The Hemingway Home and Museum is a must see/visit along with landmarks and museums such as the Truman Little White House, the Mel Fisher Maritime Museum and the Tennessee Williams Key West Exhibit.

Photo of Aquarium in Key West.

Aquarium in Key West

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For the cruise traveler with children there are many interesting venues - the Key West Aquarium, the Shipwreck Treasure Museum, the Butterfly & Nature Conservatory, the Tropical Forest & Botanical Garden, the Nancy Forrester Garden, the Audubon House and Tropical Gardens, or the Ripley’s Believe It or Not!

Photo of Saint Paul's Episcopal Church in Key West.

Saint Paul's Episcopal Church

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Historical landmarks like the Custom House Museum, the Lighthouse and Keepers Quarters, the Fort East Martello Museum, the Fort Zachary Taylor State Park and the Curry Mansion Inn have a charm not be ignored. And a handul of small museums display unique exhibits worth a visit: Turtle Museum, Oldest House Museum, Flagler Station Museum, Richard Kemp House, Hellings House Museum and USCGC Ingham Maritime Museum. Two religious sites must also be mentioned - the Saint Paul's Episcopal Church (on Duval Street) and the catholic Basilica of Saint Mary Star of the Sea.

The Beaches

Unless you are planning to book a full-day excursion to the Bahia Honda State Park or the Dry Tortugas National Park, the cruise traveler that is an avid beachgoer may be a bit disappointed to discover that Key West doesn't have the spectacular type of beaches found in Caribbean Islands like Grand Cayman or Antigua. There are a few very nice beaches but none that compares to Magens Bay (in St. Thomas) or Orient Beach (in St. Martin).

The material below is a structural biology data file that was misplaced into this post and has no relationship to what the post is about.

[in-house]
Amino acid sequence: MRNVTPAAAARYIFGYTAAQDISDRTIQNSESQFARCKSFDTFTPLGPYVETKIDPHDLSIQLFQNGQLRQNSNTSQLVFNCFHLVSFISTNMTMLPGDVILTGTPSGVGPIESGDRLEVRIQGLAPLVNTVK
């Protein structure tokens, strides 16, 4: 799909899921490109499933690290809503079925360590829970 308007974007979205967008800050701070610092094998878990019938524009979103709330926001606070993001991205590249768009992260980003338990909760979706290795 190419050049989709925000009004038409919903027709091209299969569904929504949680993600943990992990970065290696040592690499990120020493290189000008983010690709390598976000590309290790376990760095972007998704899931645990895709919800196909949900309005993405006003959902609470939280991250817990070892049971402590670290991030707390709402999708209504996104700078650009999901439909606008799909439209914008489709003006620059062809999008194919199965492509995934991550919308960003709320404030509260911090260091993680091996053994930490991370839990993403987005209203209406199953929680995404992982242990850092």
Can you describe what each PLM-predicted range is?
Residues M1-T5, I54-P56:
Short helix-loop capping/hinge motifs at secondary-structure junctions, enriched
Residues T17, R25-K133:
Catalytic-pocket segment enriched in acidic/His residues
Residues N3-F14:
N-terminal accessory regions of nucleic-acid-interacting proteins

Photo of Beach in Key West.

Beach in Key West

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There are a few small sand strips with shallow waters and nice beach-bars like South Beach (by the Atlantic end of Duval Street) or Lagerheads Beach Bar in the Old Town at the end of Simonton Street, but the best are slightly off track. The good news is that on the larger beaches you will find all sorts of watersports, renting of chairs, umbrellas, kayaks, paddle-boards. All have public restrooms, nice seaside bars, and restaurants. But you should expect shallow waters and, depending on the season, sometimes rocky and with seaweeds.

Photo of Higgs Beach in Key West.

Higgs Beach in Key West

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In the Fort Zachary Taylor Park, besides the Historical Fort, you will find one of the nicest beaches in Key West and the closest to the Cruise Port - slightly over 1-mile (half hour walking). It is great for snorkeling. Entrance to the park is $2.50 per person if walking or biking (a nice way to get there). Higgs Beach is on the Atlantic side, east of Duval Street or 2-miles from the Cruise Port. Great for cruise travelers with kids, Higgs Beach has a distinctive wooden pier and lots of watersports are available.

The half-mile, hand-made, Smathers Beach is the largest in Key West and also the farthest from the Cruise Port - 3-miles from the Cruise Port. Besides the usual beach facilities (restrooms, chairs, umbrellas), the cruise traveler will also find the best Watersports available in Key West such as sailboats, windsurfing, paddle boards, kayaks, jet skis or parasailing. Be aware that public restrooms closed at 4:00 p.m.

The Old Town - Landmarks

Photo of Mallory Square in Key West

Mallory Square in Key West

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Regardless of where you dock, the Old Town is a top highlight impossible to miss. The Old Town is the western tip of Key West and where famous streets (and attractions) are found. Mallory Square is a good point of reference for your orientation. Right behind the square, Wall Street is where the Aquarium and the Shipwreck Museum are found, along with the stops of the Old Town Trolley (great sightseeing), an Information Center and the famous restaurant El Meson de Pepe.